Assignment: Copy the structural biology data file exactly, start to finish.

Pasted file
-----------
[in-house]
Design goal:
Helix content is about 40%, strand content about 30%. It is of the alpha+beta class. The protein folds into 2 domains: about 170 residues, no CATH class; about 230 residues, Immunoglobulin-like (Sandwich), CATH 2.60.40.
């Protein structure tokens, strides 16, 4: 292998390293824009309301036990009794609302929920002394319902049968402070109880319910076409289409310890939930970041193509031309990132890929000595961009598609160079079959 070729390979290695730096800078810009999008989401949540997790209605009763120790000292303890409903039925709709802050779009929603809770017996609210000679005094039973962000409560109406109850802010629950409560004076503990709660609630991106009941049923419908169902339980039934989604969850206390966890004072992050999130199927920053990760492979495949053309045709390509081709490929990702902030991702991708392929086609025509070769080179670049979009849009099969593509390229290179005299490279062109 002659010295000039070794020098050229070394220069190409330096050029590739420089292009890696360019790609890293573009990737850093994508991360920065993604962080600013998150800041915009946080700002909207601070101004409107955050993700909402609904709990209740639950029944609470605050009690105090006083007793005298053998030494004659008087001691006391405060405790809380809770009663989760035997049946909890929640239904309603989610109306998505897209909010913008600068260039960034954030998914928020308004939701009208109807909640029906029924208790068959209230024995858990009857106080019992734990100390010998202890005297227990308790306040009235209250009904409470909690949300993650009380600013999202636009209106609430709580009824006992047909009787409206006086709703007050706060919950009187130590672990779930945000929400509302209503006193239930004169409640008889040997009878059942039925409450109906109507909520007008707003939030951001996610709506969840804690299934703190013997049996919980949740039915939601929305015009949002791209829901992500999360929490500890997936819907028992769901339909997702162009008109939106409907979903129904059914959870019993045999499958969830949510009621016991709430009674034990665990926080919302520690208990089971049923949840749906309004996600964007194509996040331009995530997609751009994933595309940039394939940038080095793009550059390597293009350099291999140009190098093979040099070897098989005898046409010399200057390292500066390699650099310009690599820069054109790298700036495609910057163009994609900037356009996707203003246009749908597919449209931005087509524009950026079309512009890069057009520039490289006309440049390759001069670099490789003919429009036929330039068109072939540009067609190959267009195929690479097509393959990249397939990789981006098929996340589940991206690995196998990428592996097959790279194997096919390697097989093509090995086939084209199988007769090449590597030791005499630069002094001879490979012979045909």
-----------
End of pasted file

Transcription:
[in-house]
Design goal:
Helix content is about 40%, strand content about 30%. It is of the alpha+beta class. The protein folds into 2 domains: about 170 residues, no CATH class; about 230 residues, Immunoglobulin-like (Sandwich), CATH 2.60.40.
């Protein structure tokens, strides 16, 4: 292998390293824009309301036990009794609302929920002394319902049968402070109880319910076409289409310890939930970041193509031309990132890929000595961009598609160079079959 070729390979290695730096800078810009999008989401949540997790209605009763120790000292303890409903039925709709802050779009929603809770017996609210000679005094039973962000409560109406109850802010629950409560004076503990709660609630991106009941049923419908169902339980039934989604969850206390966890004072992050999130199927920053990760492979495949053309045709390509081709490929990702902030991702991708392929086609025509070769080179670049979009849009099969593509390229290179005299490279062109 002659010295000039070794020098050229070394220069190409330096050029590739420089292009890696360019790609890293573009990737850093994508991360920065993604962080600013998150800041915009946080700002909207601070101004409107955050993700909402609904709990209740639950029944609470605050009690105090006083007793005298053998030494004659008087001691006391405060405790809380809770009663989760035997049946909890929640239904309603989610109306998505897209909010913008600068260039960034954030998914928020308004939701009208109807909640029906029924208790068959209230024995858990009857106080019992734990100390010998202890005297227990308790306040009235209250009904409470909690949300993650009380600013999202636009209106609430709580009824006992047909009787409206006086709703007050706060919950009187130590672990779930945000929400509302209503006193239930004169409640008889040997009878059942039925409450109906109507909520007008707003939030951001996610709506969840804690299934703190013997049996919980949740039915939601929305015009949002791209829901992500999360929490500890997936819907028992769901339909997702162009008109939106409907979903129904059914959870019993045999499958969830949510009621016991709430009674034990665990926080919302520690208990089971049923949840749906309004996600964007194509996040331009995530997609751009994933595309940039394939940038080095793009550059390597293009350099291999140009190098093979040099070897098989005898046409010399200057390292500066390699650099310009690599820069054109790298700036495609910057163009994609900037356009996707203003246009749908597919449209931005087509524009950026079309512009890069057009520039490289006309440049390759001069670099490789003919429009036929330039068109072939540009067609190959267009195929690479097509393959990249397939990789981006098929996340589940991206690995196998990428592996097959790279194997096919390697097989093509090995086939084209199988007769090449590597030791005499630069002094001879490979012979045909």